## Using Factoring to Solve Quadratic Equations

Read these two articles, which give examples of how factoring is used to solve quadratic equations. Try to identify the factoring methods being used and why each step is performed. After you have reviewed the materials, complete a few practice problems and check your answers.

To solve a quadratic equation by factoring:

1. Put it in standard form: $ax2+bx+c=0$

2. Factor the left-hand side

3. Use the Zero Factor Law

#### Solve: $x^{2}=2-x$

Solution: Write a nice, clean list of equivalent equations.

 $x^{2}=2-x$ Original equation $x^{2}+x-2=0$ Put in standard form: subtract $2$ from both sides; add $x$ to both sides $(x+2)(x-1)=0$ Factor the left-hand side $x+2=0$ or $x-1=0$ Use the Zero Factor Law $x=-2$ or $x=1$ Solve the simpler equations

Check by substituting into the original equation:

$(-2)^{2}=2-(-2)$; $4=4$; Check!

$(1)^{2}=2-1$; $1=1$ Check!

#### Solve: $(x+3)(x-2)=0$

Solution: Do not multiply it out! If it is already in factored form, with zero on one side, then be happy that a lot of the work has already been done for you.

 $(x+3)(x-2)=0$ Original equation $x+3=0$ or $x-2=0$ Use the Zero Factor Law $x=-3$ or $x=2$ Solve the simpler equations

Check by substituting into the original equation:

$(-3+3)(-3-2)=0$$0=0$ Check!

$(2+3)(2-2)=0$; $0=0$ Check!

#### Solve: $(2x-3)(1-3x)=0$

Solution: Again, do not multiply it out! When you have a product on one side, and zero on the other side, then you are all set to use the Zero Factor Law.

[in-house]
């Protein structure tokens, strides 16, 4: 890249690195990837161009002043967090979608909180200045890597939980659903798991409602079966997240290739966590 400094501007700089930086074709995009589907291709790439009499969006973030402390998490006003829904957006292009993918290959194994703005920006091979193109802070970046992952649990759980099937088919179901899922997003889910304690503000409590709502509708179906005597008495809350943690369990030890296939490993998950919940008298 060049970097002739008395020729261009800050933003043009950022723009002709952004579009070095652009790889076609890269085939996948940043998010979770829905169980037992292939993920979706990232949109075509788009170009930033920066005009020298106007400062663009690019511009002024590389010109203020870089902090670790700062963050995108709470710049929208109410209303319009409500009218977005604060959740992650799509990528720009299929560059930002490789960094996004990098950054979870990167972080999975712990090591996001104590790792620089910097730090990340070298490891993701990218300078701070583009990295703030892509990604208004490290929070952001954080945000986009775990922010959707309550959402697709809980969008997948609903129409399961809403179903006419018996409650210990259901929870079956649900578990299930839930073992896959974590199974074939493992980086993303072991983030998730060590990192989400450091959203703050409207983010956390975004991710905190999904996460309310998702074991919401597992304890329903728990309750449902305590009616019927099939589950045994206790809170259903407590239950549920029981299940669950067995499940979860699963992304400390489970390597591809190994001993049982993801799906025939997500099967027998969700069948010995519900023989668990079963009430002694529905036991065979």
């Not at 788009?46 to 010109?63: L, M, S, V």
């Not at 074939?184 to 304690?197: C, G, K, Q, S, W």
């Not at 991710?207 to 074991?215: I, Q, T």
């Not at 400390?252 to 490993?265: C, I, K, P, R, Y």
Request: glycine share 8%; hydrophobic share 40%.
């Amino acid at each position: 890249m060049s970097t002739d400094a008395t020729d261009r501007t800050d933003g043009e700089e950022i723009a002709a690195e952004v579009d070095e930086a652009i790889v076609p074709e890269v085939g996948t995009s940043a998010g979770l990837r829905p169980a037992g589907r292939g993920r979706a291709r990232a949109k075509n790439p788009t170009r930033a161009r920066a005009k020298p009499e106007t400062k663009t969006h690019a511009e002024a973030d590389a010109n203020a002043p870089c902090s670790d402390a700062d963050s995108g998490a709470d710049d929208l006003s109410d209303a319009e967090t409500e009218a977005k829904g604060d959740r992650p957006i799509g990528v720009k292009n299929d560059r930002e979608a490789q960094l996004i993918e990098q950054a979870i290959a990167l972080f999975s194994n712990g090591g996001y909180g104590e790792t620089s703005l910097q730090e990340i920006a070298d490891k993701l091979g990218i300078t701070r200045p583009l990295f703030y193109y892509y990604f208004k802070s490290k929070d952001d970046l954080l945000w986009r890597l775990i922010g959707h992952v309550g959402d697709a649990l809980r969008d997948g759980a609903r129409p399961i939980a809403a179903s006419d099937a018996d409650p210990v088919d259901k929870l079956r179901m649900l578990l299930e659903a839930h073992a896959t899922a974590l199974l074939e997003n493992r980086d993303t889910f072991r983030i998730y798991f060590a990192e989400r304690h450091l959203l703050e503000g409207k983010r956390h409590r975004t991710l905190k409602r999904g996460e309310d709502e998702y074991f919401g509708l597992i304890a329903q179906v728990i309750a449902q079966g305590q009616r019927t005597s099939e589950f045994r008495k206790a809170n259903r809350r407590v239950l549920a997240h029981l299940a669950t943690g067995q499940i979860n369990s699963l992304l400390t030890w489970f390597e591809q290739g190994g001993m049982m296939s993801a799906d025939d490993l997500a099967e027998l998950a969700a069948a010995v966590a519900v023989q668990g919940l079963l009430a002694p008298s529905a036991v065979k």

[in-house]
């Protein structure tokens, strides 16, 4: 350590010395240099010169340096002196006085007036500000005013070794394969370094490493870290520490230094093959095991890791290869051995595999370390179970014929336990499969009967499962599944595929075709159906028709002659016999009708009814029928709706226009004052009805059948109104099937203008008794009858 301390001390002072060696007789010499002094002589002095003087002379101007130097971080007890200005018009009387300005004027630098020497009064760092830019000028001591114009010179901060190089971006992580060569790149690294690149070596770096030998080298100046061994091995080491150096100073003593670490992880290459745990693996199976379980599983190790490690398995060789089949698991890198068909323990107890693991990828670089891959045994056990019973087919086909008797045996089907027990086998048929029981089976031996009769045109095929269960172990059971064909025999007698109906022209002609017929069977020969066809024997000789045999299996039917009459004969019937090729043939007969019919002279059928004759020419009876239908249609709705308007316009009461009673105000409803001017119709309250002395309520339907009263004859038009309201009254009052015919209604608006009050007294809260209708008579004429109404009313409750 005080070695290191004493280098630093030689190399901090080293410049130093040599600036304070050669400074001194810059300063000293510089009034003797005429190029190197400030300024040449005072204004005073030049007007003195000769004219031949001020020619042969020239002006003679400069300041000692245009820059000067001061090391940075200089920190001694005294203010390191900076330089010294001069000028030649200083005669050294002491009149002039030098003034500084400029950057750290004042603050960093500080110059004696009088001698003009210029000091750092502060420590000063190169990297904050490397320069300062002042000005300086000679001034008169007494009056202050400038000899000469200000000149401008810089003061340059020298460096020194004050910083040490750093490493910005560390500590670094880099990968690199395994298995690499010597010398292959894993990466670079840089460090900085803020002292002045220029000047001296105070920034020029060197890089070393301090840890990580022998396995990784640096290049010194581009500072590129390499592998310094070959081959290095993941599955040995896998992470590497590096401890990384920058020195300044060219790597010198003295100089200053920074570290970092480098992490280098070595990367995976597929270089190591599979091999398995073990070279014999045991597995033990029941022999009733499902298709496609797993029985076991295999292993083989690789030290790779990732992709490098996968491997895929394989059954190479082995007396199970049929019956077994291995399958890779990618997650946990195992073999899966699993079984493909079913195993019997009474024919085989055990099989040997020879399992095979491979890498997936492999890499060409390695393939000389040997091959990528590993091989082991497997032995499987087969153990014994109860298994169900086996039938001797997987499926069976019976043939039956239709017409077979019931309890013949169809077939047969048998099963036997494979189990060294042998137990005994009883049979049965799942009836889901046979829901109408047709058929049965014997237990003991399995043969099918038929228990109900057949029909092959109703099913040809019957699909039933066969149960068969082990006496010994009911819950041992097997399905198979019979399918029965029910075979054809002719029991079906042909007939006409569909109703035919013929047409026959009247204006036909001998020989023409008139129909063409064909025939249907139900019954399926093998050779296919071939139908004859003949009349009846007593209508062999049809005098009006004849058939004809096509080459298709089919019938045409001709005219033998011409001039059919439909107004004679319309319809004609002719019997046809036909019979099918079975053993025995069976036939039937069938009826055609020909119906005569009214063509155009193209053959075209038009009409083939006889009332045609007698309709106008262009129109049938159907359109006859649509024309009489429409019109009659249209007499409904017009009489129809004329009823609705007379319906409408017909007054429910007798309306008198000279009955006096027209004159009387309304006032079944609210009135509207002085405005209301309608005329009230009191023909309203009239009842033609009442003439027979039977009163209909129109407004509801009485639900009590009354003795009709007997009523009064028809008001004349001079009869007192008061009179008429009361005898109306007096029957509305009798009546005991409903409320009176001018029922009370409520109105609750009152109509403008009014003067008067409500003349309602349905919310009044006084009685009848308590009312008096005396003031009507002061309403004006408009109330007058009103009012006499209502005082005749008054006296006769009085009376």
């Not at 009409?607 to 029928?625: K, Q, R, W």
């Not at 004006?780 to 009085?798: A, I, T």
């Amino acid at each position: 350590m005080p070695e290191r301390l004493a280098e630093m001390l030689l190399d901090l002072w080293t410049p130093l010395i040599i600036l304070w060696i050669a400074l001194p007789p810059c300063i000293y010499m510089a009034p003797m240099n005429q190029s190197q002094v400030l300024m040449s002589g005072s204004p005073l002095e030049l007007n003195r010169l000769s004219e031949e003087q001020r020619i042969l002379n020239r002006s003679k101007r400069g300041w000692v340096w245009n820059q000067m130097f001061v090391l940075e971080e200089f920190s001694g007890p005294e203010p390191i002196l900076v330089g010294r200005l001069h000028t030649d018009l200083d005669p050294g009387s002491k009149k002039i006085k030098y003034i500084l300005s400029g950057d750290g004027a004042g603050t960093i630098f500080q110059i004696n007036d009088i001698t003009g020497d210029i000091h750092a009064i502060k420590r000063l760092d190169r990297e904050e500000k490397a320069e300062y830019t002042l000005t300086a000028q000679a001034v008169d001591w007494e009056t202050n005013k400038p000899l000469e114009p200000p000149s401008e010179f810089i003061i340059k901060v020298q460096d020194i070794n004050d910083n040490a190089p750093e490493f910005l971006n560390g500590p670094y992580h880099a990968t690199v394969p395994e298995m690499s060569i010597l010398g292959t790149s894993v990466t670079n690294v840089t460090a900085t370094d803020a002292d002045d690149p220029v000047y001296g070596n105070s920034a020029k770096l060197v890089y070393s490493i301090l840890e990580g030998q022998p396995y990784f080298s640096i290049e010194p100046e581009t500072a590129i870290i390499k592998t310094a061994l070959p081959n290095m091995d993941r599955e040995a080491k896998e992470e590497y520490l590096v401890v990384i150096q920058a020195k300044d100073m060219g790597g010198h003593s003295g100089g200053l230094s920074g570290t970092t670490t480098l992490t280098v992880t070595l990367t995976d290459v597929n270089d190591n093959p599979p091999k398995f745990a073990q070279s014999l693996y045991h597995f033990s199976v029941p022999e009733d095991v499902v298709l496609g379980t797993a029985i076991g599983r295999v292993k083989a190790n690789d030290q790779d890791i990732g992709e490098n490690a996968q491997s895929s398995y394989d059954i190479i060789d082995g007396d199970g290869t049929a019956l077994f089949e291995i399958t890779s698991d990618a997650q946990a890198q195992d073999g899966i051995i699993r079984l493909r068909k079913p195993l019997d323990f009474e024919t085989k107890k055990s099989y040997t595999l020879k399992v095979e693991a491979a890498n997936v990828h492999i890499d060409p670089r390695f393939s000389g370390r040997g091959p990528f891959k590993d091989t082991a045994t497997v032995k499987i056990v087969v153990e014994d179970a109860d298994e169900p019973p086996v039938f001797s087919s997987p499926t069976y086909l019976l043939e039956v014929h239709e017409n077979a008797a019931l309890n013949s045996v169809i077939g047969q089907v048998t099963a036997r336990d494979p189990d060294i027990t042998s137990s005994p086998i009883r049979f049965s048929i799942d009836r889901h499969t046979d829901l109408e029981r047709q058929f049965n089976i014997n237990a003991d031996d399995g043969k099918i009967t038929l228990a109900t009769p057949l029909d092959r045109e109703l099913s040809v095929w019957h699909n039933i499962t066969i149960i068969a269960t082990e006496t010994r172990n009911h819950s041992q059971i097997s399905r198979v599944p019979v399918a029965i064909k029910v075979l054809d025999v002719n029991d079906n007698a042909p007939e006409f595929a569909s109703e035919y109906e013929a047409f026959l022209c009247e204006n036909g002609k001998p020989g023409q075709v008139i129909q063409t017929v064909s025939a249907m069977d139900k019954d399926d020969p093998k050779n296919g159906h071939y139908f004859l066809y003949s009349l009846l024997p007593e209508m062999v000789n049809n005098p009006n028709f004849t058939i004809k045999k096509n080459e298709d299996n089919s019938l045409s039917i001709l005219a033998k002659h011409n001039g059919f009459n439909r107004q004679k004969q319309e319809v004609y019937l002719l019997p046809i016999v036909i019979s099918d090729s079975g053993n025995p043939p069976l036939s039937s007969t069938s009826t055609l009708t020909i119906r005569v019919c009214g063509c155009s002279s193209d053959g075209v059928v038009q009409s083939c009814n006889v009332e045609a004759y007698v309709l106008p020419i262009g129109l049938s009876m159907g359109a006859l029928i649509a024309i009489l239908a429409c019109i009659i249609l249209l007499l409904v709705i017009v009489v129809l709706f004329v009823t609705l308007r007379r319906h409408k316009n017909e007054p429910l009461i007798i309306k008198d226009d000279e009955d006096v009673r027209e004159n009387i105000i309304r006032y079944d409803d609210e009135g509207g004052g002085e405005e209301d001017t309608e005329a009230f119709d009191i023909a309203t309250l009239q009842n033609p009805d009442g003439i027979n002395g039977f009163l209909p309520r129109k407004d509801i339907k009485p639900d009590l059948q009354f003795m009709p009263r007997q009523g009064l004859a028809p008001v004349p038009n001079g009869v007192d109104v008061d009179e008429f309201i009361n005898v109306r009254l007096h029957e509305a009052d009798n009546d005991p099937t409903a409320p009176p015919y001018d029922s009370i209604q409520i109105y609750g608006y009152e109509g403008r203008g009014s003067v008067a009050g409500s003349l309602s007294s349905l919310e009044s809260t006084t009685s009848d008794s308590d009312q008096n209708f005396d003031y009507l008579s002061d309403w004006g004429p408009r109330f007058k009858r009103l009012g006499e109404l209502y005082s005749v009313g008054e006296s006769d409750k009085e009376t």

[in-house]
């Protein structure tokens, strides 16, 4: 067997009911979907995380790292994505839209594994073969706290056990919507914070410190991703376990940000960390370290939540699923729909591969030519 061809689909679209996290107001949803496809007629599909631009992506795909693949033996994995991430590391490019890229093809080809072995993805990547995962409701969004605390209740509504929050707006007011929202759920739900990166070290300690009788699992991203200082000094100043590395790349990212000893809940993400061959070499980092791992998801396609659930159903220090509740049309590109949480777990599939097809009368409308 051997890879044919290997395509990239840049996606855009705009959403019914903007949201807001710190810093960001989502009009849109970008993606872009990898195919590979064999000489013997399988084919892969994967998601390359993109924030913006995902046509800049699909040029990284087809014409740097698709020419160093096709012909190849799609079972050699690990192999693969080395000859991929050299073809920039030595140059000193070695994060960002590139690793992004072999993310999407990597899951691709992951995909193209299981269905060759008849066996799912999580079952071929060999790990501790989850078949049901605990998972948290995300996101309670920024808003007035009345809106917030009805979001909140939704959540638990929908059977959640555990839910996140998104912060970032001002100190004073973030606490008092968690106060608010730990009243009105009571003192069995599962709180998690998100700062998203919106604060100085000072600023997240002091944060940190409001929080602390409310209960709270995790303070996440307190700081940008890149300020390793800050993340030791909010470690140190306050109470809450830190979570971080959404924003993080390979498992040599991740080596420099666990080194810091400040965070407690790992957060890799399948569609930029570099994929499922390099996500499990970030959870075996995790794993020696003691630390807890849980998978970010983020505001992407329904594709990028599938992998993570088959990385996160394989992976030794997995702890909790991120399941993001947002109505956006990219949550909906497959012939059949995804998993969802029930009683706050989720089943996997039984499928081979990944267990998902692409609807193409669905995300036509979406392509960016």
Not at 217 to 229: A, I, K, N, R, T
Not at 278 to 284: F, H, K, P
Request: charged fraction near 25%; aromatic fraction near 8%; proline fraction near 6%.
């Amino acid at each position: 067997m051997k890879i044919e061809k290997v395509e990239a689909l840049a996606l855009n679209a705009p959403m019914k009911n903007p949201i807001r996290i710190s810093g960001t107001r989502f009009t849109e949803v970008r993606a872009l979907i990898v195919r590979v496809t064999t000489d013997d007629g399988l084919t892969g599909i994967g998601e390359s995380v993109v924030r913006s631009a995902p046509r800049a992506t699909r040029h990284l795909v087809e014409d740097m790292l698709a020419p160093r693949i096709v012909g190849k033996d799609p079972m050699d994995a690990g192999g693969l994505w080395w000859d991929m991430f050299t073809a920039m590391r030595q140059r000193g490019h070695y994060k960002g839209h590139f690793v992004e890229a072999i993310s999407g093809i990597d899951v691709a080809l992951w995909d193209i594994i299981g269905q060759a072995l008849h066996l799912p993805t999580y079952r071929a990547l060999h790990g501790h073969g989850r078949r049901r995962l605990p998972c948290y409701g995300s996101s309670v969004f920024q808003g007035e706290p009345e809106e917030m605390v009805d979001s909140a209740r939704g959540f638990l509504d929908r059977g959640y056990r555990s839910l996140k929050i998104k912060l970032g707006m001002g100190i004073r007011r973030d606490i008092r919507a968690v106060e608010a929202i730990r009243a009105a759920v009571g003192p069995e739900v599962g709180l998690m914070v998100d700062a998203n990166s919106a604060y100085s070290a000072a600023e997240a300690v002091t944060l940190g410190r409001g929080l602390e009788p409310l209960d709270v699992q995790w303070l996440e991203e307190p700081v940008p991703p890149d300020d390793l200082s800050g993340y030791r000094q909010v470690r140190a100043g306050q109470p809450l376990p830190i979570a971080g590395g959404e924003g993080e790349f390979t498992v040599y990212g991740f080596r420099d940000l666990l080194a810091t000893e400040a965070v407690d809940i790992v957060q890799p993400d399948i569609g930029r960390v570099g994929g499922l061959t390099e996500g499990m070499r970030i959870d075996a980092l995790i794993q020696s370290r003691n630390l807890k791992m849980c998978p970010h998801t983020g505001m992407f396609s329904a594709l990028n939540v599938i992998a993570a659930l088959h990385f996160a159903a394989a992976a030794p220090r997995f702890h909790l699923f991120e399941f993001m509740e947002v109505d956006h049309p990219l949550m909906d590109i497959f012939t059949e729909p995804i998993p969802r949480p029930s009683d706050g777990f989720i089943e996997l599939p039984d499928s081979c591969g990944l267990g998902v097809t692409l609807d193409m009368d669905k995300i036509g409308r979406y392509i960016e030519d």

$(2x-3)(1-3x)=0$ Original equation $2x-3=0$ or $1-3x=0$ Use the Zero Factor Law $2x=3$ or $1-3x$ Solve simpler equations $x=\frac{3}{2}$ or $x=\frac{1}{3}$ Solve simpler equations

Check by substituting into the original equation:

$(2\cdot \frac{3}{2}-3)(1-3\cdot \frac{3}{2})=0$; $0=0$ Check!

$(2\cdot \frac{1}{3}+3)(1-3\cdot \frac{1}{3})=0$; $0=0$ Check!

#### Solve: $x^{2}+4x-5=0$

Solution: Note that it is already in standard form.

 $x^{2}+4x-5=0$ Original equation $(x+5)(x-1)=0$ Factor the left-hand side $x+5=0$ or $x-1=0$ Use the Zero Factor Law $x=-5$ or $x=1$ Solve the simpler equations

Check by substituting into the original equation:

$(-5)^{2}+4(-5)-5=0$; $25-20-5=0$; $0=0$ Check!

$1^{2}+4(1)-5+0$; $1+4-5=0$; $0=0$ Check!

#### Solve: $14=-5x+x^{2}$

Solution:

 $14=-5x+x^{2}$ Original equation $x^{2}-5x-14=0$ Put in standard form: subtract $14$ from both sides; write in the conventional way $(x-7)(x+2)=0$ Factor the left-hand side $x-7=0$ or $x+2=0$ Use the Zero Factor Law $x=7$ or $x=-2$ Solve the simpler equations

Check by substituting into the original equation:

$14=-5(7)+7^{2}$; $14=-35+49$; $14=14$ Check!

$14=-5(-2)+(-2)^{2}$; $14=10+4$; $14=14$ Check!

#### Solve: $6x=2x^{2}$

Solution: When there is no constant term, the factoring is much easier.

 $6x=2x^{2}$ Original equation $2x^{2}-6x=0$ Put in standard form: subtract $6x$ from both sides; write in the conventional way $x^{2}-3x=0$ Optional step: divide both sides by $2$ $x(x-3)=0$ Factor the left-hand side $x=0$ or $x-3=0$ Use the Zero Factor Law $x=0$ or $x=3$ Solve the simpler equations

Check by substituting into the original equation:

$6\cdot 0=2\cdot 0^{2}$; $0=0$; Check!

$6\cdot 3=2\cdot 3^{2}$; $18=18$; Check!